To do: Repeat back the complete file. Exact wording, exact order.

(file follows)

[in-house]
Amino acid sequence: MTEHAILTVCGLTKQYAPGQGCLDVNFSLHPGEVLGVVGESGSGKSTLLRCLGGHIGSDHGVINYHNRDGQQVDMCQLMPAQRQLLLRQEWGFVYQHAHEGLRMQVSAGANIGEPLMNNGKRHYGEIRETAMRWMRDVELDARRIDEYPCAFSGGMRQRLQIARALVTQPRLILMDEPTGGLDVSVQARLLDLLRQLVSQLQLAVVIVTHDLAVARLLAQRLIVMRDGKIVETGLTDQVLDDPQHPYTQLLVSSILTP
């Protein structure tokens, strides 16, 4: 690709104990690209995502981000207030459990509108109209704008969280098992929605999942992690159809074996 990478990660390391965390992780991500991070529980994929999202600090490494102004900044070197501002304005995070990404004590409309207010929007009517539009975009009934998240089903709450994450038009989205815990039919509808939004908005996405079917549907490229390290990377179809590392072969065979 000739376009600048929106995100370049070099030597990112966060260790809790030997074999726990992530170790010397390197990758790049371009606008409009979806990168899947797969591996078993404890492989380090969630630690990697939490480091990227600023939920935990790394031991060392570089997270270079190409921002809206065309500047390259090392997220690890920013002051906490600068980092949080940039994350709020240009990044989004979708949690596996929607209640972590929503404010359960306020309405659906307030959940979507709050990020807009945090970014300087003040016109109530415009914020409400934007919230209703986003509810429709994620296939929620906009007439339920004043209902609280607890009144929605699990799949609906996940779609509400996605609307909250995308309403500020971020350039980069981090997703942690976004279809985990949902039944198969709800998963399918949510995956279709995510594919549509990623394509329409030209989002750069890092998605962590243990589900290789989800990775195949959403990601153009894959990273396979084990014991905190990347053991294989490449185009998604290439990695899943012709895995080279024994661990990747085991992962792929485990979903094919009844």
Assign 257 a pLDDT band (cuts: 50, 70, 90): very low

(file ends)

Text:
[in-house]
Amino acid sequence: MTEHAILTVCGLTKQYAPGQGCLDVNFSLHPGEVLGVVGESGSGKSTLLRCLGGHIGSDHGVINYHNRDGQQVDMCQLMPAQRQLLLRQEWGFVYQHAHEGLRMQVSAGANIGEPLMNNGKRHYGEIRETAMRWMRDVELDARRIDEYPCAFSGGMRQRLQIARALVTQPRLILMDEPTGGLDVSVQARLLDLLRQLVSQLQLAVVIVTHDLAVARLLAQRLIVMRDGKIVETGLTDQVLDDPQHPYTQLLVSSILTP
């Protein structure tokens, strides 16, 4: 690709104990690209995502981000207030459990509108109209704008969280098992929605999942992690159809074996 990478990660390391965390992780991500991070529980994929999202600090490494102004900044070197501002304005995070990404004590409309207010929007009517539009975009009934998240089903709450994450038009989205815990039919509808939004908005996405079917549907490229390290990377179809590392072969065979 000739376009600048929106995100370049070099030597990112966060260790809790030997074999726990992530170790010397390197990758790049371009606008409009979806990168899947797969591996078993404890492989380090969630630690990697939490480091990227600023939920935990790394031991060392570089997270270079190409921002809206065309500047390259090392997220690890920013002051906490600068980092949080940039994350709020240009990044989004979708949690596996929607209640972590929503404010359960306020309405659906307030959940979507709050990020807009945090970014300087003040016109109530415009914020409400934007919230209703986003509810429709994620296939929620906009007439339920004043209902609280607890009144929605699990799949609906996940779609509400996605609307909250995308309403500020971020350039980069981090997703942690976004279809985990949902039944198969709800998963399918949510995956279709995510594919549509990623394509329409030209989002750069890092998605962590243990589900290789989800990775195949959403990601153009894959990273396979084990014991905190990347053991294989490449185009998604290439990695899943012709895995080279024994661990990747085991992962792929485990979903094919009844």
Assign 257 a pLDDT band (cuts: 50, 70, 90): very low